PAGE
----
Highly cited works in neurosurgery. Part I: the 100 top-cited papers in neurosurgical journals

A review

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  • 1 Division of Neurosurgery, University of Toronto, Toronto Western Hospital, Toronto, Ontario, Canada; and
  • 2 Division of Neurological Surgery, Barrow Neurological Institute, St. Joseph's Hospital and Medical Center, Phoenix, Arizona
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The number of citations a published article receives is a measure of its impact in the scientific community. This study identifies and characterizes the current 100 top-cited articles in journals specifically dedicated to neurosurgery.


Neurosurgical journals were identified using the Institute for Scientific Information Journal Citation Reports. A search was performed using Institute for Scientific Information Web of Science for articles appearing in each of these journals. The 100 top-cited articles were selected and analyzed.


The 100 most cited manuscripts in neurosurgical journals appeared in 3 of 13 journals dedicated to neurosurgery. These included 79 in the Journal of Neurosurgery, 11 in the Journal of Neurology, Neurosurgery and Psychiatry, and 10 in Neurosurgery. The individual citation counts for these articles ranged from 287 to 1515. Seventy-seven percent of articles were published between 1976 and 1995. Representation varied widely across neurosurgical disciplines, with cerebrovascular diseases leading (43 articles), followed by trauma (27 articles), stereotactic and functional neurosurgery (13 articles), and neurooncology (12 articles). The study types included 5 randomized trials, 5 cooperative studies, 1 observational cohort study, 69 case series, 8 review articles, and 12 animal studies. Thirty articles dealt with surgical management and 12 with nonsurgical management. There were 15 studies of natural history of disease or outcomes after trauma, 11 classification or grading scales, and 10 studies of human pathophysiology.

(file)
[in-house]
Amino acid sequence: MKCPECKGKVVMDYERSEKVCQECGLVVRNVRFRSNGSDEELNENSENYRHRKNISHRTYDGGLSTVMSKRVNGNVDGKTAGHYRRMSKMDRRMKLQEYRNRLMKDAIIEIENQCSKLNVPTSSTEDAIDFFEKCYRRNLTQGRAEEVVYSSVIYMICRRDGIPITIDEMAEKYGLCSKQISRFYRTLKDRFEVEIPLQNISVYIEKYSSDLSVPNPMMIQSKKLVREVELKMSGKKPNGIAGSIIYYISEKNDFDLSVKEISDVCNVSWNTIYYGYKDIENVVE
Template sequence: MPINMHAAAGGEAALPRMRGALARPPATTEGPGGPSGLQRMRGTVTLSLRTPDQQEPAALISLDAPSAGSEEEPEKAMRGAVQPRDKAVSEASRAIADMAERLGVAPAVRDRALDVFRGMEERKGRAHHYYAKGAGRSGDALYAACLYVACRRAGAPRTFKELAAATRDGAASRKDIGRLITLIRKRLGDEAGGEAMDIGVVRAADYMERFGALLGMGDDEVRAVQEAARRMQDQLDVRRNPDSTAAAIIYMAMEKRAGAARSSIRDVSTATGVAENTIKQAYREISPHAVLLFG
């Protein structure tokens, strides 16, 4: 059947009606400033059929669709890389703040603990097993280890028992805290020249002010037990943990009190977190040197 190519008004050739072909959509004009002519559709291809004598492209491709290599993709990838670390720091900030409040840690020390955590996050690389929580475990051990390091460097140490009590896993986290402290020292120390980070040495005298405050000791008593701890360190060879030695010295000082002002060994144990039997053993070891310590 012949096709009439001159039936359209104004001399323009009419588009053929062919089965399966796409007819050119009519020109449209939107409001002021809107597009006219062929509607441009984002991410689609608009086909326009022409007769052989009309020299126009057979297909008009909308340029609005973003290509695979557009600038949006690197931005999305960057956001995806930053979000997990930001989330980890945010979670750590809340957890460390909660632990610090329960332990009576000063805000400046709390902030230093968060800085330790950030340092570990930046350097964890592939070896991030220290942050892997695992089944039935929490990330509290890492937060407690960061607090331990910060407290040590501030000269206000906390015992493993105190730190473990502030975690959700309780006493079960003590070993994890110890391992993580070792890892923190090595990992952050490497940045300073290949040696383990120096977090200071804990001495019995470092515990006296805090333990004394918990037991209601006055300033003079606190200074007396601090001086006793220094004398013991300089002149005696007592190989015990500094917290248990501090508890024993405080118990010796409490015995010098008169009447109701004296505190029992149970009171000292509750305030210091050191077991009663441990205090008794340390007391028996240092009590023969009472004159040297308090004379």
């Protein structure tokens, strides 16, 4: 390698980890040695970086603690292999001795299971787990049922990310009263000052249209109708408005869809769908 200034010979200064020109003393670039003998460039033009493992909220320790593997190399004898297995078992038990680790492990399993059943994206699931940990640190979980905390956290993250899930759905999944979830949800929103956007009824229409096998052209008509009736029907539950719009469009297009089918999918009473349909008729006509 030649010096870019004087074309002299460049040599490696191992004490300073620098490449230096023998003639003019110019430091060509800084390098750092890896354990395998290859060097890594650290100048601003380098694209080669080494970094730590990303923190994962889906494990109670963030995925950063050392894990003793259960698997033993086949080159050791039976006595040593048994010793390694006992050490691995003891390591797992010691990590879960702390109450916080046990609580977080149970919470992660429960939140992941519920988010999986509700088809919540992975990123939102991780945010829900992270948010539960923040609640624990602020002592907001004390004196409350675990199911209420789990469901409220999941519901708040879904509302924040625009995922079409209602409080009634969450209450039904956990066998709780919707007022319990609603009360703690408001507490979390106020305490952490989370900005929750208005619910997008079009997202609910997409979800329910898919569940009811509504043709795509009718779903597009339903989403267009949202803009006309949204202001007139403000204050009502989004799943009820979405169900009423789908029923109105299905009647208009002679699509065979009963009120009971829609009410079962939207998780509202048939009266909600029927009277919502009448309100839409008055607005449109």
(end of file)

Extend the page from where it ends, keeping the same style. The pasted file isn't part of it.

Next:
The most cited articles in neurosurgical journals are trials evaluating surgical or medical therapies, descriptions of novel techniques, or systems for classifying or grading disease. The time of publication, field of study, nature of the work, and the journal in which the work appears are possible determinants of the likelihood of citation and impact.

Abbreviations used in this paper: ACD = anterior cervical discectomy; AVM = arteriovenous malformation; CM = cavernous malformation; DAVF = dural arteriovenous fistula; DBS = deep brain stimulation; JNNP = Journal of Neurology, Neurosurgery and Psychiatry; PD = Parkinson disease; SAH = subarachnoid hemorrhage; SCI = spinal cord injury; SHI = severe head injury.

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Contributor Notes

Address correspondence to: Andres M. Lozano, M.D., Ph.D., Division of Neurosurgery, Toronto Western Hospital, 399 Bathurst Street, WW 4-447, Toronto, Ontario M5T 2S8, Canada. email: lozano@uhnres.utoronto.ca.

Please include this information when citing this paper: published online January 15, 2010; DOI: 10.3171/2009.12.JNS091599.

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